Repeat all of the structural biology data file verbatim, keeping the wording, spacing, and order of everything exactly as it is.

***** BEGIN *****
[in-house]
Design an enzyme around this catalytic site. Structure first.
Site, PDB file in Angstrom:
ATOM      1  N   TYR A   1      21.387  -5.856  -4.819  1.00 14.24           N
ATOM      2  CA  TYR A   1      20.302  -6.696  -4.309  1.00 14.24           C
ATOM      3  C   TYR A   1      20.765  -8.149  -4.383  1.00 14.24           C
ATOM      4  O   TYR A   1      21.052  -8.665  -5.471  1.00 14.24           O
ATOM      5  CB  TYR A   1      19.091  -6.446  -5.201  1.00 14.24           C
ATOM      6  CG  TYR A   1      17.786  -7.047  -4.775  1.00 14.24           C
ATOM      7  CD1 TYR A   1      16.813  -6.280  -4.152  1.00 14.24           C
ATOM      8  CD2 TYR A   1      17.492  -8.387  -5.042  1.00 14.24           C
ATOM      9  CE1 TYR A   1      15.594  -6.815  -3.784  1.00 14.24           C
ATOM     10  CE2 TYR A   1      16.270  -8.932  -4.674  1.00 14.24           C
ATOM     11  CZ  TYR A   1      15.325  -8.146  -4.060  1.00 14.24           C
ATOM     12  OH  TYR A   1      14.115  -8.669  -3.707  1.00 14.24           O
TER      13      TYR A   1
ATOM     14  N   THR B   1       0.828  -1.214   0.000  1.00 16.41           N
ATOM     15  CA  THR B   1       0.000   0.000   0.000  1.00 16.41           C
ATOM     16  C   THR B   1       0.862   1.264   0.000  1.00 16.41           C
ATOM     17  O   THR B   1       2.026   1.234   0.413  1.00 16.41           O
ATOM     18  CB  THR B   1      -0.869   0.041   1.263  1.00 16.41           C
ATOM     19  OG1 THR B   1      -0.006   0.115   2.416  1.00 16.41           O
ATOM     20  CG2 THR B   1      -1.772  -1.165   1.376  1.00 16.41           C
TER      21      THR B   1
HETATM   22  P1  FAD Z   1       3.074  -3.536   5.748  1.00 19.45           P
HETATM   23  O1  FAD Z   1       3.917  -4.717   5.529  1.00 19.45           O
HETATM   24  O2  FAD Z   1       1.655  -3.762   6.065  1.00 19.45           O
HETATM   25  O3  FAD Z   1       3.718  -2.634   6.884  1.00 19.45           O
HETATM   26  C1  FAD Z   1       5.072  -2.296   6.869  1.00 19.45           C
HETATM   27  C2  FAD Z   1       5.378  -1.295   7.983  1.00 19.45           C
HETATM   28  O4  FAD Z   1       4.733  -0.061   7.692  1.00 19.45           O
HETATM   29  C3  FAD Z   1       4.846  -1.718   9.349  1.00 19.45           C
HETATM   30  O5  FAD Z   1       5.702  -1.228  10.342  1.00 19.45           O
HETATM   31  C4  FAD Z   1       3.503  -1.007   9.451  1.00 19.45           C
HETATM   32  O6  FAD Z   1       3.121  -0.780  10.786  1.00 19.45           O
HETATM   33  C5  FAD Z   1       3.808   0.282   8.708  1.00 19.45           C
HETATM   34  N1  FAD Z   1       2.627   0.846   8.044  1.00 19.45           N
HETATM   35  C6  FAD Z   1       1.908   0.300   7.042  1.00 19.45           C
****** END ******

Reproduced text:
[in-house]
Design an enzyme around this catalytic site. Structure first.
Site, PDB file in Angstrom:
ATOM      1  N   TYR A   1      21.387  -5.856  -4.819  1.00 14.24           N
ATOM      2  CA  TYR A   1      20.302  -6.696  -4.309  1.00 14.24           C
ATOM      3  C   TYR A   1      20.765  -8.149  -4.383  1.00 14.24           C
ATOM      4  O   TYR A   1      21.052  -8.665  -5.471  1.00 14.24           O
ATOM      5  CB  TYR A   1      19.091  -6.446  -5.201  1.00 14.24           C
ATOM      6  CG  TYR A   1      17.786  -7.047  -4.775  1.00 14.24           C
ATOM      7  CD1 TYR A   1      16.813  -6.280  -4.152  1.00 14.24           C
ATOM      8  CD2 TYR A   1      17.492  -8.387  -5.042  1.00 14.24           C
ATOM      9  CE1 TYR A   1      15.594  -6.815  -3.784  1.00 14.24           C
ATOM     10  CE2 TYR A   1      16.270  -8.932  -4.674  1.00 14.24           C
ATOM     11  CZ  TYR A   1      15.325  -8.146  -4.060  1.00 14.24           C
ATOM     12  OH  TYR A   1      14.115  -8.669  -3.707  1.00 14.24           O
TER      13      TYR A   1
ATOM     14  N   THR B   1       0.828  -1.214   0.000  1.00 16.41           N
ATOM     15  CA  THR B   1       0.000   0.000   0.000  1.00 16.41           C
ATOM     16  C   THR B   1       0.862   1.264   0.000  1.00 16.41           C
ATOM     17  O   THR B   1       2.026   1.234   0.413  1.00 16.41           O
ATOM     18  CB  THR B   1      -0.869   0.041   1.263  1.00 16.41           C
ATOM     19  OG1 THR B   1      -0.006   0.115   2.416  1.00 16.41           O
ATOM     20  CG2 THR B   1      -1.772  -1.165   1.376  1.00 16.41           C
TER      21      THR B   1
HETATM   22  P1  FAD Z   1       3.074  -3.536   5.748  1.00 19.45           P
HETATM   23  O1  FAD Z   1       3.917  -4.717   5.529  1.00 19.45           O
HETATM   24  O2  FAD Z   1       1.655  -3.762   6.065  1.00 19.45           O
HETATM   25  O3  FAD Z   1       3.718  -2.634   6.884  1.00 19.45           O
HETATM   26  C1  FAD Z   1       5.072  -2.296   6.869  1.00 19.45           C
HETATM   27  C2  FAD Z   1       5.378  -1.295   7.983  1.00 19.45           C
HETATM   28  O4  FAD Z   1       4.733  -0.061   7.692  1.00 19.45           O
HETATM   29  C3  FAD Z   1       4.846  -1.718   9.349  1.00 19.45           C
HETATM   30  O5  FAD Z   1       5.702  -1.228  10.342  1.00 19.45           O
HETATM   31  C4  FAD Z   1       3.503  -1.007   9.451  1.00 19.45           C
HETATM   32  O6  FAD Z   1       3.121  -0.780  10.786  1.00 19.45           O
HETATM   33  C5  FAD Z   1       3.808   0.282   8.708  1.00 19.45           C
HETATM   34  N1  FAD Z   1       2.627   0.846   8.044  1.00 19.45           N
HETATM   35  C6  FAD Z   1       1.908   0.300   7.042  1.00 19.45           C